In 100 Cats Who Changed Civilization: History’s Most Influential Felines, author Sam Stall recounts the story of how cat DNA helped solve a murder.
This story began in 1994, when Royal Canadian Mounted Police on Prince Edward Island found the body of Shirley Duguay buried in a shallow grave.
Douglas Beamish almost got away with murder, but cat DNA evidence from his pet Snowball led to his capture.
Investigators found a blood-soaked leather jacket buried with the body. They tested the blood, and discovered all the blood belonged to the victim. Authorities also discovered many strands of long white hair which turned out to belong to a cat.
The authorities remembered that the victim’s common-law husband, Douglas Beamish, lived in a house not far from the burial site. Beamish happened to own a white cat named Snowball. The Mounties got a blood sample from Snowball. They wanted to analyze it to determine if the DNA matched the white hairs found on the body.
This type of analysis was new. After many calls authorities found a team of researchers at the National Cancer Institute’s Laboratory of Genomic Research in Maryland that would possibly be able to help. The research team was working on development of a map of the feline genome when approached to help with this case.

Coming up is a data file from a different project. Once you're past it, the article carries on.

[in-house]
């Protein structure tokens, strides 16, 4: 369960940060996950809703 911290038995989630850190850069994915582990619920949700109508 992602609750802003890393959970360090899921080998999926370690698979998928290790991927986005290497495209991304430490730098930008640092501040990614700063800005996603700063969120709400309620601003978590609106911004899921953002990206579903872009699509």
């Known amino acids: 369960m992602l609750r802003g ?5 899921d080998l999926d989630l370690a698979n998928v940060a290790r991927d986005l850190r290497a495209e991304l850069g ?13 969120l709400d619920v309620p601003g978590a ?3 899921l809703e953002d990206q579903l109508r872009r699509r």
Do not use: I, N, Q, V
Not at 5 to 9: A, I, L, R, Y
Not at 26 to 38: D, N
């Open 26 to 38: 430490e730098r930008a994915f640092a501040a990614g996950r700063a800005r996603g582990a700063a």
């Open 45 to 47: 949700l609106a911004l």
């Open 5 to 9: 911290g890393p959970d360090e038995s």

The researchers were able to tie the blood sample to the DNA on the hairs recovered from the victim’s jacket. Beamish was convicted of Duguay’s murder and imprisoned.
This case set a precedent for use of cat DNA to place criminals at crime scenes. The U. S. Department of Justice awarded a grant to establish the National Feline Genetic Database. This database provides information to help forensics labs worldwide tie cat hairs found at crime scenes to specific cats.
More Pet DNA Cases Solved
In the last few years, hair, blood, saliva, and other bodily fluids from dogs, cats and birds have helped solve several violent crimes in the U.S. and Canada. With 85 percent of American households owning a pet, there’s a lot of opportunity for animals to, inadvertently, help in criminal investigations.
An article published on AETV.com earlier this year recounts four stories of pet DNA being used to help solve crimes. The video below describes how Larry Bird, a cockatoo, defended his owner and helped police find the killer: